The only identified modifiable risk factor to slow down or prevent glaucomatous progression and vision loss is the reduction in IOP, in which first-line therapy is by medical management.[53] Analyses based on cost-effective treatments by US healthcare providers for POAG and OHT showed lower costs per treatment with bimatoprost compared to other therapeutic regimens.[54] Studies conducted in Austria, the UK, Finland, France, Spain, Asia, Italy, and numerous other parts of the world have confirmed the efficacy and cost-related benefits related to the use of bimatoprost in patients with OHT and POAG.[52] European studies reported that adding bimatoprost to first-line therapy with timolol was the most common form of treatment in managing patients with glaucoma and OHT.[55]

Enhancement of Hair and Eyelash Growth

The ability of bimatoprost to promote the growth and thickening of eyelashes was first noted during glaucoma clinical trials to investigate the potential to reduce IOP. Although the previously mentioned prostaglandin receptors are involved in regenerating the dermal papilla outer root sheath and throughout hair follicles, it remains unknown whether bimatoprost affects this pathway.[16][56] Murine models have shown that bimatoprost stimulates eyelash hair growth and increases the length.[57] The drug promotes anagen phases of hair growth by arresting catagen phase entry. Bimatoprost increases the generated hair's thickness and bulb diameter; however, it does not generate new hair follicles.[58] Bimatoprost also tends to darken the treated lashes.[59]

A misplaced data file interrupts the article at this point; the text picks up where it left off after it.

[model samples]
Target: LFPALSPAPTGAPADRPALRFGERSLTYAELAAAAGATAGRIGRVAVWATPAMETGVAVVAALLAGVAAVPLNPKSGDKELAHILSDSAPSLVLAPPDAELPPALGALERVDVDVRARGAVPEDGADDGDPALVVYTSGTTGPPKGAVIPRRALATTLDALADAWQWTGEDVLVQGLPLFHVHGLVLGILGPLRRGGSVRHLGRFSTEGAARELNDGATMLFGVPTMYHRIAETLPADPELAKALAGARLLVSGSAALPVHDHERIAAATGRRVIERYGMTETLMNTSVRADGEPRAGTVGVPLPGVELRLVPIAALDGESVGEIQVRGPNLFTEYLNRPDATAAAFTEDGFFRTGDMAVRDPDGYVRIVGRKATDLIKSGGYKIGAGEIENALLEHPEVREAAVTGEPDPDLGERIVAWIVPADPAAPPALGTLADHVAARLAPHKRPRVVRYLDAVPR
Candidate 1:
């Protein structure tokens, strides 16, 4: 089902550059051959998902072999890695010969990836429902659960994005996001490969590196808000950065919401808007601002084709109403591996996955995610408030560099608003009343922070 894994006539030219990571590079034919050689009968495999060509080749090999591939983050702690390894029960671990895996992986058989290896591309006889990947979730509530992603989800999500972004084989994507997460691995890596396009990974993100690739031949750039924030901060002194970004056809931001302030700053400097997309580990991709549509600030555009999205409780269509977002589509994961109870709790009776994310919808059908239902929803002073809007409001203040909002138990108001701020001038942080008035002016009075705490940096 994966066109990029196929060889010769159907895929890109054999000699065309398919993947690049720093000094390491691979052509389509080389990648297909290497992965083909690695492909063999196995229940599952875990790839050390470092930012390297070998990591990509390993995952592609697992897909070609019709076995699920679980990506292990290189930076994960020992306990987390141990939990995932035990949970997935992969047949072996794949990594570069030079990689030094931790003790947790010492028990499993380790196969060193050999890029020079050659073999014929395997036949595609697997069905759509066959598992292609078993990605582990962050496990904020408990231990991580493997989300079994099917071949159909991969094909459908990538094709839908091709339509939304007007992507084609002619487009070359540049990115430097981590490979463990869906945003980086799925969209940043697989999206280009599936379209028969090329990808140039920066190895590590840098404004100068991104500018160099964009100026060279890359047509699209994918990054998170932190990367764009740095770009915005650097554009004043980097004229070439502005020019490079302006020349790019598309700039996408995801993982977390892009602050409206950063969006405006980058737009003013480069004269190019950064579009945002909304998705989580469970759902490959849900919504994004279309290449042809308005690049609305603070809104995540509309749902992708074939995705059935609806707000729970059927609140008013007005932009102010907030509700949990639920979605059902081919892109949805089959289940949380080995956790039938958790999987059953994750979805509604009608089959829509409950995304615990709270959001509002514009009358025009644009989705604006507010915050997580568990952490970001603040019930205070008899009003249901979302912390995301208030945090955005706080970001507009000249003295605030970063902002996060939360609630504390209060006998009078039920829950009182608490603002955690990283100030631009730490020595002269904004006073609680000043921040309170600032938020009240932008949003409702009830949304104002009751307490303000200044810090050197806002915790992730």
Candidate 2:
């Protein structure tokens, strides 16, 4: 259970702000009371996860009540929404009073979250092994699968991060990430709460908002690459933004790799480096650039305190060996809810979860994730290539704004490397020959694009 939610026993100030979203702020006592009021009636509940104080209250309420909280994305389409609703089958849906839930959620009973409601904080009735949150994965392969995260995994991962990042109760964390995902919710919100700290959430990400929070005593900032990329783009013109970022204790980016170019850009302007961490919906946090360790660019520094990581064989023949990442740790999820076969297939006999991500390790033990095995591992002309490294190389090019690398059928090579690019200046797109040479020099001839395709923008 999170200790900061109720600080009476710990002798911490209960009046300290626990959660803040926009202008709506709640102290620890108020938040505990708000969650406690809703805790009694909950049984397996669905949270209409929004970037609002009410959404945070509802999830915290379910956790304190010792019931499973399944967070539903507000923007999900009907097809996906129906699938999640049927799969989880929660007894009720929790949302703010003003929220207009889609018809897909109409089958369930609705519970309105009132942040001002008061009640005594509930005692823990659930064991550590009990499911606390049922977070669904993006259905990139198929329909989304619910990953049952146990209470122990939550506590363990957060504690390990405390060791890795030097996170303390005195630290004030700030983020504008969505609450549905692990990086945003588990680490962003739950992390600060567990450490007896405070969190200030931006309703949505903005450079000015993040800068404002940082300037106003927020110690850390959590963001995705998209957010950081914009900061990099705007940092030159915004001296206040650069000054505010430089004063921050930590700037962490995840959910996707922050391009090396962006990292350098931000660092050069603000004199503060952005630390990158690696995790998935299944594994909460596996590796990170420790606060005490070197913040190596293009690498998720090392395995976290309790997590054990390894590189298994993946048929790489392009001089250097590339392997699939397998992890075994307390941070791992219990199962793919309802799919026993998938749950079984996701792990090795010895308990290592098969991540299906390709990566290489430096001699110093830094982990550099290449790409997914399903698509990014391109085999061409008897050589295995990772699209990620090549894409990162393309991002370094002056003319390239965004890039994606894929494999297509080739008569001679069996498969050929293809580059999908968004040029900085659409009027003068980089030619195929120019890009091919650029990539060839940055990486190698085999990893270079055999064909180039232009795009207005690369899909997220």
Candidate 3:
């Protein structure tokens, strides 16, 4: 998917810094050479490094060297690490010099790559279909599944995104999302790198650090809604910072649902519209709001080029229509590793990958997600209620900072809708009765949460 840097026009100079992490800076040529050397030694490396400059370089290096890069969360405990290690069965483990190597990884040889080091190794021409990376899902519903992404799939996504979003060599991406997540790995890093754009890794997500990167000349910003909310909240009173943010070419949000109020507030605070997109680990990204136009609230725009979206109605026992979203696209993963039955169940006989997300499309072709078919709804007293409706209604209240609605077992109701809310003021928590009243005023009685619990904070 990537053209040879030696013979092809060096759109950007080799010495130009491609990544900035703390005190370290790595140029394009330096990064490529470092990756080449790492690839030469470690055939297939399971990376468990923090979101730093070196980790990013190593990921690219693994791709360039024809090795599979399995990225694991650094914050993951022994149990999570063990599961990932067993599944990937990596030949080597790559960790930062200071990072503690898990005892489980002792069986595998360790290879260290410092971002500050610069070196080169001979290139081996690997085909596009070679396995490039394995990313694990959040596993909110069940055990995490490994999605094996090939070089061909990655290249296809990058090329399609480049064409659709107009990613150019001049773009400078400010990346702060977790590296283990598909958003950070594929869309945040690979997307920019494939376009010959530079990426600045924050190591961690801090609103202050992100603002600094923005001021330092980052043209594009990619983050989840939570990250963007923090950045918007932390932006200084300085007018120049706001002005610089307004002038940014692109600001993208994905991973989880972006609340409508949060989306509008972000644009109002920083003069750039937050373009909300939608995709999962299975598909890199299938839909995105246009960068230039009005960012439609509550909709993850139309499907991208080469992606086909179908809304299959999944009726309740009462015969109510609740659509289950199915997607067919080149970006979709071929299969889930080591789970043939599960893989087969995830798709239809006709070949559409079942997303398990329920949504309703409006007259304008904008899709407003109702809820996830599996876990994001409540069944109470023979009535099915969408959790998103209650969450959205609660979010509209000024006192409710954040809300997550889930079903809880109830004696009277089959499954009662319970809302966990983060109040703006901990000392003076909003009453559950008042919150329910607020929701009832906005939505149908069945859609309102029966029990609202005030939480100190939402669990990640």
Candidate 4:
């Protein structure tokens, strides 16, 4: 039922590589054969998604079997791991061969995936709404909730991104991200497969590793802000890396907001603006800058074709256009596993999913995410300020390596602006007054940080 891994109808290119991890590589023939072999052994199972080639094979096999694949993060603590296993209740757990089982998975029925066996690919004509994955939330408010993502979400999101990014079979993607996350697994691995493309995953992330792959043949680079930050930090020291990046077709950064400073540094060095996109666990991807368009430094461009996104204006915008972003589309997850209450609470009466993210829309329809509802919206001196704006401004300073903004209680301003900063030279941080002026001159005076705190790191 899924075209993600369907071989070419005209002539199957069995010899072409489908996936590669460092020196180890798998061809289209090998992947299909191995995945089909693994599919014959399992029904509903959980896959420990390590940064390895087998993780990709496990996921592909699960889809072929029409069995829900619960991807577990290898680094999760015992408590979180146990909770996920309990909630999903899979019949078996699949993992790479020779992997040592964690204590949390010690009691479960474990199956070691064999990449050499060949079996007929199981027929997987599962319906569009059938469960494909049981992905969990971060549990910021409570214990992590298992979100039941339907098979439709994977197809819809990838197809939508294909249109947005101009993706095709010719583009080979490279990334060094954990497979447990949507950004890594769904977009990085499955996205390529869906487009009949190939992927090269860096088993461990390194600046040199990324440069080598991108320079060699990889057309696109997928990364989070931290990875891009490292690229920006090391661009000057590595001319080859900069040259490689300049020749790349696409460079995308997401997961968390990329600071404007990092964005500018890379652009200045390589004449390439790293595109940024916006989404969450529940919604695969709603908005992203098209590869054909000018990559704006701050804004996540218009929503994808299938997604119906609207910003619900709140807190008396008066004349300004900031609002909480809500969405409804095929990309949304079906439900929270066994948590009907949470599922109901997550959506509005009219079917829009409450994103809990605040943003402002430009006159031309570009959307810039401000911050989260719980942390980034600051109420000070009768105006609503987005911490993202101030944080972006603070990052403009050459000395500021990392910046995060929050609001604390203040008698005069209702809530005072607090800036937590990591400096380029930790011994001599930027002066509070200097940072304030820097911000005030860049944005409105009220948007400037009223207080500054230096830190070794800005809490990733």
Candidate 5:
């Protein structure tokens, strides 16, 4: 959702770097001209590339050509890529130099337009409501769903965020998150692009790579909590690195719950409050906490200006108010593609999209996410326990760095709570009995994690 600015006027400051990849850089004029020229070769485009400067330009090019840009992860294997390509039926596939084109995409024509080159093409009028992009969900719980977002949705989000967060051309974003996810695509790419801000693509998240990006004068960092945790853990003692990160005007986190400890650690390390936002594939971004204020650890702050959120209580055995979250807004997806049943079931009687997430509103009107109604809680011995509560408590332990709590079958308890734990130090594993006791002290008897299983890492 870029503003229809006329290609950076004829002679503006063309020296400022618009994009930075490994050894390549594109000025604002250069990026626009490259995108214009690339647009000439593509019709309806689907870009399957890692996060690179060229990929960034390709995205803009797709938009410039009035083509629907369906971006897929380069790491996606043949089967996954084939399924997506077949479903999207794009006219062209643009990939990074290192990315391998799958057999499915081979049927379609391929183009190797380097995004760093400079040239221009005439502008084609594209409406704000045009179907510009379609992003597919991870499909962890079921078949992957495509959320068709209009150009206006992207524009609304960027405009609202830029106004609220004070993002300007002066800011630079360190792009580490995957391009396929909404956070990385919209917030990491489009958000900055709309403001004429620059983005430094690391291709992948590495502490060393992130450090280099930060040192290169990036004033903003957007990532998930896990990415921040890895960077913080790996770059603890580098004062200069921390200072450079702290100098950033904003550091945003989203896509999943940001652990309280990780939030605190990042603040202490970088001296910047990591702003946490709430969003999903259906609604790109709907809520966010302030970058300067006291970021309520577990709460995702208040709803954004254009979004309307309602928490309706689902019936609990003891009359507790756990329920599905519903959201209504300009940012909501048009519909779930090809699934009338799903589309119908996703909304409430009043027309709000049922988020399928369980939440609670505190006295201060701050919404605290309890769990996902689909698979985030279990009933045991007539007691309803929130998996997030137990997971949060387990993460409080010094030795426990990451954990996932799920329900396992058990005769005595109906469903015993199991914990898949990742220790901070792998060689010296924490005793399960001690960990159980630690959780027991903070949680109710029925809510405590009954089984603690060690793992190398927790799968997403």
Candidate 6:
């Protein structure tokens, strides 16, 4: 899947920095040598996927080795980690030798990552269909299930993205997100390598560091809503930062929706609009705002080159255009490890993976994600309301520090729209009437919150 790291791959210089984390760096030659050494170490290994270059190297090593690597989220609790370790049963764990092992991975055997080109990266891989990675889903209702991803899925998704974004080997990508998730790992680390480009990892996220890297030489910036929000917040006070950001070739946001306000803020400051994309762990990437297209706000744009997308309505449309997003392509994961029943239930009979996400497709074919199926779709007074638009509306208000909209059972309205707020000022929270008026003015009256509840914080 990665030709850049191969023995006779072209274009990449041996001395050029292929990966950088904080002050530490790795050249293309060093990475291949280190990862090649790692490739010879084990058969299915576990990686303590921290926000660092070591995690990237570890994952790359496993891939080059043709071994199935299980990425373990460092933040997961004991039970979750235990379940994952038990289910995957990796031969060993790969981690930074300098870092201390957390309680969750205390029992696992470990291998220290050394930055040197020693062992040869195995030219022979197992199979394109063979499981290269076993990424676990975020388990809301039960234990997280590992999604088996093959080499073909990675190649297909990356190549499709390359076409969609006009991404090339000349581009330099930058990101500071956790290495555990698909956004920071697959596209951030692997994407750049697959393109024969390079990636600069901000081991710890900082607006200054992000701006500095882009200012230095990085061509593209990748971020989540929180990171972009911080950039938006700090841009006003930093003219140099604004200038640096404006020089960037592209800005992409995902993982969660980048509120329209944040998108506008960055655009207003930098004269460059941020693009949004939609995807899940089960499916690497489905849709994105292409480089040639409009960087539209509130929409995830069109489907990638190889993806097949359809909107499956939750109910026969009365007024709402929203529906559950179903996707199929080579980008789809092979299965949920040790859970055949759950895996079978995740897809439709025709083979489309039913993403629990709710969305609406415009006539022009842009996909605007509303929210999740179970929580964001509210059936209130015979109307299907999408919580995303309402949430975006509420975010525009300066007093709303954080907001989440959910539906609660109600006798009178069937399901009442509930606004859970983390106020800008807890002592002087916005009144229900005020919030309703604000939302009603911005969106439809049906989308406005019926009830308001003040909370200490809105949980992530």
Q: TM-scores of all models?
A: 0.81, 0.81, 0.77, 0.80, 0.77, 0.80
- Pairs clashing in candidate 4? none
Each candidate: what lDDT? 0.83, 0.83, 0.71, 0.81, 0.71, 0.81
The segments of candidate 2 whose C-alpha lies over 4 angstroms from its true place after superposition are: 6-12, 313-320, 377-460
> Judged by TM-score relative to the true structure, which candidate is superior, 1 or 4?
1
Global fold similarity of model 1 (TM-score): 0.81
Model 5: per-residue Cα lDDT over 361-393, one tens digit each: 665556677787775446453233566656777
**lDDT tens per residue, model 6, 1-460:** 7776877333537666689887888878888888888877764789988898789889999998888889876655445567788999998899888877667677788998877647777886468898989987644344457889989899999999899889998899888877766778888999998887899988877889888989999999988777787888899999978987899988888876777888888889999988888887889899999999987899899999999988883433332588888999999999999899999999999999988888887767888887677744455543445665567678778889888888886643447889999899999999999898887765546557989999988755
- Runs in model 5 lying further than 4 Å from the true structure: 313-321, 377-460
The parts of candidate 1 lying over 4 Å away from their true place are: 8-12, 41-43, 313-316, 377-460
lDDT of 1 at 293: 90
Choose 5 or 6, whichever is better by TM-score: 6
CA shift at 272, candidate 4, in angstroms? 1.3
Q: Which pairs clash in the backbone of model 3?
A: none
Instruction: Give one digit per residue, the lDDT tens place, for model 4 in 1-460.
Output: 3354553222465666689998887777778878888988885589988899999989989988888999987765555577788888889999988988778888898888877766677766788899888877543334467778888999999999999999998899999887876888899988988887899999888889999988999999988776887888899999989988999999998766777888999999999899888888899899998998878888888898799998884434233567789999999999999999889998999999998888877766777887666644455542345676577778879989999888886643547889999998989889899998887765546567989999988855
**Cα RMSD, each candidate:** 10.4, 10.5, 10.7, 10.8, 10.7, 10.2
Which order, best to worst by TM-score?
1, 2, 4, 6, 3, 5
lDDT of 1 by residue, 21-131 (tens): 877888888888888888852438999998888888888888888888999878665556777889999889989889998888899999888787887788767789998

A series of studies demonstrated that with a 2-week course of bimatoprost, a more significant proportion of follicles were in the hair cycle's anagen phase and a decreased portion in the telogen phase, suggesting an increased transition from telogen to anagen. The study hypothesized that this increased proportion of follicles in the anagen phase allows for the observable enhanced growth of eyelashes with bimatoprost.[3] The FDA approved bimatoprost 0.03% solution for treating hypotrichosis of eyelashes in 2008 after the reported side effects of this drug in patients using it for glaucoma and OHT.[60]

Bimatoprost has also been considered for hypotrichosis of the eyebrow. A large randomized study of 357 subjects with hypotrichosis of the eyebrow reported a statistically significant increase of at least one grade in Global Wyebrow Assessment in patients treated with bimatoprost 0.03% compared with vehicle.[61]

Other uses for bimatoprost include treatment for dermatological diseases, including alopecia, hair loss or repigmentation, vitiligo, and localized leukoderma.[58][62][63] Bimatoprost has shown a higher percentage of hair regrowth than other treatment regimes in patients with autoimmune-induced patchy alopecia areata.[64][65] Clinical trials have also shown efficacy, safety, and benefits in women and men with androgenetic alopecia.[66]


Applying Bimatoprost Ophthalmic Solution for Glaucoma and Ocular Hypertension